With regards to dynamic range, the main issue is that Sony's sensor architecture results in dramatically lower read noise compared to Canon. But read noise is not the only factor affecting sensor noise; high ISO noise is the other. Once high ISO noise becomes the dominating factor in sensor noise, Canon's sensors are competitive with Sony's.
The two ways for Canon to fix this problem is for them to redesign their sensor architecture to reduce read noise, or just to jack up the MP count so much that ISO 100 looks like ISO 3200 on a per pixel basis. However, this means that on a print basis, you can't tell the difference between Canon and Sony.
The current EV difference between Canon and Sony is 2.59 EV at ISO 100. Increasing pixels to a factor of 6 gives you about 132 MP, and should completely bridge the gap between Canon and Sony at ISO 100 while making it so that Canon would have better performance at ISO 200.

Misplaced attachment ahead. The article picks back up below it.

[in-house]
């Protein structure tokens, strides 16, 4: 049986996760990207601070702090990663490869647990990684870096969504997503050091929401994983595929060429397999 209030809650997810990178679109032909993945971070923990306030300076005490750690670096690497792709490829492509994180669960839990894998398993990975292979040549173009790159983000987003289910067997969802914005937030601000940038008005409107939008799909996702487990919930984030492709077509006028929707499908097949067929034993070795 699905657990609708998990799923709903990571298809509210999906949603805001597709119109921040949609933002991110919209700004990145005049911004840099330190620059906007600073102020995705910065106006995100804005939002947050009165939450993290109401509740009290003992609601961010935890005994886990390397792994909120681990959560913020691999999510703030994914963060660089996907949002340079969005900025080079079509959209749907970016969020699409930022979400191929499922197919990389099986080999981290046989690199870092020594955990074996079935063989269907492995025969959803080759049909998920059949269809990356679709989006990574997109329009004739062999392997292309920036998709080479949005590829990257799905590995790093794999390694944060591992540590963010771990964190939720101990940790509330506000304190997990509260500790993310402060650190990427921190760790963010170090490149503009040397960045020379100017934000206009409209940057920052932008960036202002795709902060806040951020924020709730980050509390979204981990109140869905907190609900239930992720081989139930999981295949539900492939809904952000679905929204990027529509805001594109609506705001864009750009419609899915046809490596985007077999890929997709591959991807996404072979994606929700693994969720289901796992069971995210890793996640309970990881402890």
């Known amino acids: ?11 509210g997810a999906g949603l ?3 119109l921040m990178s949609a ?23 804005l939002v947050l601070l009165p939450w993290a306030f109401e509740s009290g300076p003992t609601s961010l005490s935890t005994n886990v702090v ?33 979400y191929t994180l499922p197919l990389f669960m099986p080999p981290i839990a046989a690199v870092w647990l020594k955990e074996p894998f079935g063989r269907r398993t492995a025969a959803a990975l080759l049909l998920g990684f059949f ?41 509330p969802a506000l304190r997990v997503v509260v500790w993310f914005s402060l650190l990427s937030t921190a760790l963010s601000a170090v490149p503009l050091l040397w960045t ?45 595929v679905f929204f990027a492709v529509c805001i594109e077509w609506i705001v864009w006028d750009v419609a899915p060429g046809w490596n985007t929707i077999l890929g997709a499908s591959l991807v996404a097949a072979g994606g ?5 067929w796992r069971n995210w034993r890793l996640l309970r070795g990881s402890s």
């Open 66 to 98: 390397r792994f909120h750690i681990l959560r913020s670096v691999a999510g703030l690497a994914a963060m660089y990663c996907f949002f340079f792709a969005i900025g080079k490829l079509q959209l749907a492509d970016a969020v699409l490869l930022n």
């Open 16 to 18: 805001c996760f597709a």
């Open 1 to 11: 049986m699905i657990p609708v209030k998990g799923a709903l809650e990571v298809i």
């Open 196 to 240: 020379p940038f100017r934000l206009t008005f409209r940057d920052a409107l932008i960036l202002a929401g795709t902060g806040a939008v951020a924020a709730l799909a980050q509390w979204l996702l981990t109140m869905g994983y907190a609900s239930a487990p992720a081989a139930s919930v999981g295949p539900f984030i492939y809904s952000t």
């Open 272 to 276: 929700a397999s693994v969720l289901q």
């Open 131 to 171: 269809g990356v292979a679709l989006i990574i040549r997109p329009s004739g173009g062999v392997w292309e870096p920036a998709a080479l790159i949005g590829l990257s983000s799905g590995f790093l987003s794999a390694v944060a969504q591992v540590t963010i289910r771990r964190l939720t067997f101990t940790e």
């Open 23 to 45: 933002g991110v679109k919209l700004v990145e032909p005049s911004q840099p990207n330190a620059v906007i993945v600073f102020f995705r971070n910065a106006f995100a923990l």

An increase in MP by 5 times, though, would require 6 times the processing capability. To match the D800's 4 frames per second, you'd need 4 DIGIC V+ processors. This would also likely cut battery life by 3/4ths, and would require a substantially larger battery.
A better way to handle this would probably be to go with a test APS-C camera. Large pixel cameras require humongous processing capabilities on the desktop computer, and with APS-Cs, you could use about the same pixel density with a reduced MP count. This would be about a 51 MP APS-C camera.